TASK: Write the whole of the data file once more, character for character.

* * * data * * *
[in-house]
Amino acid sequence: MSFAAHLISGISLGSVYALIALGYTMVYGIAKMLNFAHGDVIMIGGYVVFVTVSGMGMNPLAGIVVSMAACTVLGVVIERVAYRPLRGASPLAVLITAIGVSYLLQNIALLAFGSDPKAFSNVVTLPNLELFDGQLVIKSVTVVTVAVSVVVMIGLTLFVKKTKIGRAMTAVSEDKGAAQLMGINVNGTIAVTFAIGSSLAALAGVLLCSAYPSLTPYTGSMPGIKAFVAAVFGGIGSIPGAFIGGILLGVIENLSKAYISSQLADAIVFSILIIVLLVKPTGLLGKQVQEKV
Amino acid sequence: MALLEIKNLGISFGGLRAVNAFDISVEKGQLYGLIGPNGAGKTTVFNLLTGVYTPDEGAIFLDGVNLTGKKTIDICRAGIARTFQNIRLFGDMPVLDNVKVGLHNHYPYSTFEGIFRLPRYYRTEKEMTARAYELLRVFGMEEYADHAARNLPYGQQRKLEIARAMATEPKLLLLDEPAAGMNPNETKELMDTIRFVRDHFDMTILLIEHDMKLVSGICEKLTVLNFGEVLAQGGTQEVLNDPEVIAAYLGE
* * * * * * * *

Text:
[in-house]
Amino acid sequence: MSFAAHLISGISLGSVYALIALGYTMVYGIAKMLNFAHGDVIMIGGYVVFVTVSGMGMNPLAGIVVSMAACTVLGVVIERVAYRPLRGASPLAVLITAIGVSYLLQNIALLAFGSDPKAFSNVVTLPNLELFDGQLVIKSVTVVTVAVSVVVMIGLTLFVKKTKIGRAMTAVSEDKGAAQLMGINVNGTIAVTFAIGSSLAALAGVLLCSAYPSLTPYTGSMPGIKAFVAAVFGGIGSIPGAFIGGILLGVIENLSKAYISSQLADAIVFSILIIVLLVKPTGLLGKQVQEKV
Amino acid sequence: MALLEIKNLGISFGGLRAVNAFDISVEKGQLYGLIGPNGAGKTTVFNLLTGVYTPDEGAIFLDGVNLTGKKTIDICRAGIARTFQNIRLFGDMPVLDNVKVGLHNHYPYSTFEGIFRLPRYYRTEKEMTARAYELLRVFGMEEYADHAARNLPYGQQRKLEIARAMATEPKLLLLDEPAAGMNPNETKELMDTIRFVRDHFDMTILLIEHDMKLVSGICEKLTVLNFGEVLAQGGTQEVLNDPEVIAAYLGE